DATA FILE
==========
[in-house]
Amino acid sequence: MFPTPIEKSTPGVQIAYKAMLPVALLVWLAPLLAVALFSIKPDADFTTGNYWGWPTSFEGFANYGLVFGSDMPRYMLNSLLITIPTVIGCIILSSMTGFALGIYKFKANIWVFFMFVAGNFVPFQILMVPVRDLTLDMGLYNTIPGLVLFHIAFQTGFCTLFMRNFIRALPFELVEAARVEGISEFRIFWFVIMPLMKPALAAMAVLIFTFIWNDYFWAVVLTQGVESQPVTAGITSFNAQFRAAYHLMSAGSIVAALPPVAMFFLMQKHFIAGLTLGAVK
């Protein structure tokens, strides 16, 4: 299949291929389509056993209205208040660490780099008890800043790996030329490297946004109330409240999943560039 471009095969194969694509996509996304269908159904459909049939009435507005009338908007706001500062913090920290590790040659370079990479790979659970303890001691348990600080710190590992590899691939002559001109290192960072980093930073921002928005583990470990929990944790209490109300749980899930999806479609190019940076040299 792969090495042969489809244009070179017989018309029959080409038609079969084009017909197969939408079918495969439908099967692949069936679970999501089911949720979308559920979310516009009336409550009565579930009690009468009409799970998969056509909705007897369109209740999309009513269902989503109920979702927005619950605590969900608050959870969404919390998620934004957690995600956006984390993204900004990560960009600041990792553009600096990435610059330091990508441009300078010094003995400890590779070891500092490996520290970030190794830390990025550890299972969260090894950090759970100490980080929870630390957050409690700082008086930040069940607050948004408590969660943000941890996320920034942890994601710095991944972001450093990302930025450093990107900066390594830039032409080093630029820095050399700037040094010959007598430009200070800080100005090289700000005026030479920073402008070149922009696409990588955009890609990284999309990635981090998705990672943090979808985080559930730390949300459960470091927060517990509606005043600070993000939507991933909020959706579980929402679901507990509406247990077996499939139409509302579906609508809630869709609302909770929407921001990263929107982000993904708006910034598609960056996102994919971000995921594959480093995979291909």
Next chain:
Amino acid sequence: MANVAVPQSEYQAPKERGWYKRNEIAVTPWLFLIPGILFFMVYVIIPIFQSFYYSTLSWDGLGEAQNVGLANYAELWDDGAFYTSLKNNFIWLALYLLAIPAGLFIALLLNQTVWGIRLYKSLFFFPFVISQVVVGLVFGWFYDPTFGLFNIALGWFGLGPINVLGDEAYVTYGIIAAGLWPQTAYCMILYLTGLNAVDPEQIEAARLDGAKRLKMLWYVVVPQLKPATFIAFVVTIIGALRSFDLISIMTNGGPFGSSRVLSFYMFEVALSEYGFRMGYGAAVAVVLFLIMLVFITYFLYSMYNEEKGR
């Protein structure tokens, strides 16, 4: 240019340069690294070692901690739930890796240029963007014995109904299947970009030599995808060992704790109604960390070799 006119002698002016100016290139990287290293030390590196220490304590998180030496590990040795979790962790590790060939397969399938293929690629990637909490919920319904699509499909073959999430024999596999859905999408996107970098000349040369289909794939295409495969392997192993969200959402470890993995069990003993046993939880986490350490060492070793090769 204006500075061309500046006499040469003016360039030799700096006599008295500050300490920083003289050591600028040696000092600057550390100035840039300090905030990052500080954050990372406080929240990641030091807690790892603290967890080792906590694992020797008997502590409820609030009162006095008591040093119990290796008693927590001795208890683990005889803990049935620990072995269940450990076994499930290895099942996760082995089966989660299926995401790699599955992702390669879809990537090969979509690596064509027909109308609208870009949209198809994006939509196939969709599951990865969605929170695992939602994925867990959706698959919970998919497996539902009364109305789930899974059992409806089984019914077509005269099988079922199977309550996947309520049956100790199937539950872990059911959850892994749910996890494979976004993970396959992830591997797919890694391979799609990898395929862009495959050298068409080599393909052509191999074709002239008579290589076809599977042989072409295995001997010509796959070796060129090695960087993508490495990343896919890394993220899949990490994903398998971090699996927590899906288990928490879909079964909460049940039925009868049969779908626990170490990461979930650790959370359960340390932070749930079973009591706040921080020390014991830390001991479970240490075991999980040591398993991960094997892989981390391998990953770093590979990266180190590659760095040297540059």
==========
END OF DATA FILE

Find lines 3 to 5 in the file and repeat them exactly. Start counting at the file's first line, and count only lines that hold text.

């Protein structure tokens, strides 16, 4: 299949291929389509056993209205208040660490780099008890800043790996030329490297946004109330409240999943560039 471009095969194969694509996509996304269908159904459909049939009435507005009338908007706001500062913090920290590790040659370079990479790979659970303890001691348990600080710190590992590899691939002559001109290192960072980093930073921002928005583990470990929990944790209490109300749980899930999806479609190019940076040299 792969090495042969489809244009070179017989018309029959080409038609079969084009017909197969939408079918495969439908099967692949069936679970999501089911949720979308559920979310516009009336409550009565579930009690009468009409799970998969056509909705007897369109209740999309009513269902989503109920979702927005619950605590969900608050959870969404919390998620934004957690995600956006984390993204900004990560960009600041990792553009600096990435610059330091990508441009300078010094003995400890590779070891500092490996520290970030190794830390990025550890299972969260090894950090759970100490980080929870630390957050409690700082008086930040069940607050948004408590969660943000941890996320920034942890994601710095991944972001450093990302930025450093990107900066390594830039032409080093630029820095050399700037040094010959007598430009200070800080100005090289700000005026030479920073402008070149922009696409990588955009890609990284999309990635981090998705990672943090979808985080559930730390949300459960470091927060517990509606005043600070993000939507991933909020959706579980929402679901507990509406247990077996499939139409509302579906609508809630869709609302909770929407921001990263929107982000993904708006910034598609960056996102994919971000995921594959480093995979291909």
Next chain:
Amino acid sequence: MANVAVPQSEYQAPKERGWYKRNEIAVTPWLFLIPGILFFMVYVIIPIFQSFYYSTLSWDGLGEAQNVGLANYAELWDDGAFYTSLKNNFIWLALYLLAIPAGLFIALLLNQTVWGIRLYKSLFFFPFVISQVVVGLVFGWFYDPTFGLFNIALGWFGLGPINVLGDEAYVTYGIIAAGLWPQTAYCMILYLTGLNAVDPEQIEAARLDGAKRLKMLWYVVVPQLKPATFIAFVVTIIGALRSFDLISIMTNGGPFGSSRVLSFYMFEVALSEYGFRMGYGAAVAVVLFLIMLVFITYFLYSMYNEEKGR